Pier 1 Imports on Thursday stated that it received notification from the New York Stock Exchange on Aug. 5 that it is no longer in compliance with the market's continued-listing criteria.
According to the SEC filing, the company’s global market cap was less than $50 million over a 30-day trading period and its shareholders’ equity was also less than $50 million. The company’s global market cap averaged $25 million during the 30 days ended on Aug. 2. Its last reported shareholders' equity was $9.2 million on June 1. According to NYSE rules, Pier 1 could be "subject to immediate initiation of suspension and delisting procedures" if its 30-day average market cap falls below $15 million. On Aug. 2 the retailer's absolute market cap was $14.4 million.
Pier 1 stated in a press release that, per NYSE rules, it will respond within the required 10 days of receiving notice that it will submit a definitive plan within 45 days. If the NYSE accepts the plan the retailer has 18 months to enact a turnaround to raise its stock price.
This month's notice by the NYSE adds another next chapter in the story of a retailer that is fading from view.
The furniture and home goods retailer already ostensibly has a turnaround plan dubbed "New Day," but newly arrived executives earlier this year acknowledged "issues" with its implementation, after the company was downgraded on debt and poor prospects by S&P Global Ratings.
If Pier 1 does not submit a turnaround plan in a timely manner, or if the plan isn't accepted by the NYSE, the stock exchange will start delisting procedures. Even if the company's plan is accepted, the stock exchange will initiate delisting procedures if the retailer hasn't made a "reasonable demonstration" to conform to NYSE guidelines within 18 months.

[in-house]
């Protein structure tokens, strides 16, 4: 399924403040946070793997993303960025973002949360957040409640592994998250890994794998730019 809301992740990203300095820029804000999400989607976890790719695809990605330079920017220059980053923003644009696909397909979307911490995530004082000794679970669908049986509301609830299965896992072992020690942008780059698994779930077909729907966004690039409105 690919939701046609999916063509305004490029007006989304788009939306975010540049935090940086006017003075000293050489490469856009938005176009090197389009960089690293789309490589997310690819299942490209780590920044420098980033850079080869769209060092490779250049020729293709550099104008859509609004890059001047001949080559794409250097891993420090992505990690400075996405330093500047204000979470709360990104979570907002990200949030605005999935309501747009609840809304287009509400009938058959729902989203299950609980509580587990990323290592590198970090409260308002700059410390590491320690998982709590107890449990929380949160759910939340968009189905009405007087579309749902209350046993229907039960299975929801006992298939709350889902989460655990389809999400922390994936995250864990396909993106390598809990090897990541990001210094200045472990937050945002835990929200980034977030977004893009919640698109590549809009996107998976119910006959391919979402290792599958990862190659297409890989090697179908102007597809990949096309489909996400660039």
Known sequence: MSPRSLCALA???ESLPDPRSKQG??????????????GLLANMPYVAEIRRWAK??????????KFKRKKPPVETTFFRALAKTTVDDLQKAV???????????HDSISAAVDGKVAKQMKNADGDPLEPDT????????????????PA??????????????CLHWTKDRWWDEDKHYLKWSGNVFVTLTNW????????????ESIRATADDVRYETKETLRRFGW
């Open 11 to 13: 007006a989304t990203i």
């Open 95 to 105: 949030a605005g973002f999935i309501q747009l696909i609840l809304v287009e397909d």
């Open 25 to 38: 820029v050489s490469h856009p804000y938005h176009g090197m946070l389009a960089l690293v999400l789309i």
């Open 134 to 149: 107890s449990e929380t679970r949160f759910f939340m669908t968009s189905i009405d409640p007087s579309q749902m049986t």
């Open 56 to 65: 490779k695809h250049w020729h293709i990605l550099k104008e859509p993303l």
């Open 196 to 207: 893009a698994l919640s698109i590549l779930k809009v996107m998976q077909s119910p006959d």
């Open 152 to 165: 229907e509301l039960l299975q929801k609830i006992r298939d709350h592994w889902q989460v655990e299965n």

In June, the company's shareholders agreed to a reverse stock split to regain compliance of $1.00 per share to maintain its listing on the NYSE. It was a tactical move to get the company's stock above the required threshold, but failed to have a lasting impact.
The retailer has also gone through a number of c-suite changes this year. In July the company appointed Douglas Diemoz as president and Robert Riesbeck as CFO, replacing its interim CFO. The company also created an office of the Chief Executive Officer, which includes interim CEO Cheryl Bachelder, as well as Diemoz, Riesbeck and Robert Bostrom, executive vice president, chief legal and compliance officer and corporate secretary.
As Pier 1 struggles, its competition has gained strength. Walmart and Target, taking on Amazon (which has both expanded and refined its furniture and home decor offering) and Wayfair (which has added design services and a membership tier), have sharpened their merchandising in the space, adding new lines and easing online shopping and fulfillment of bulky orders.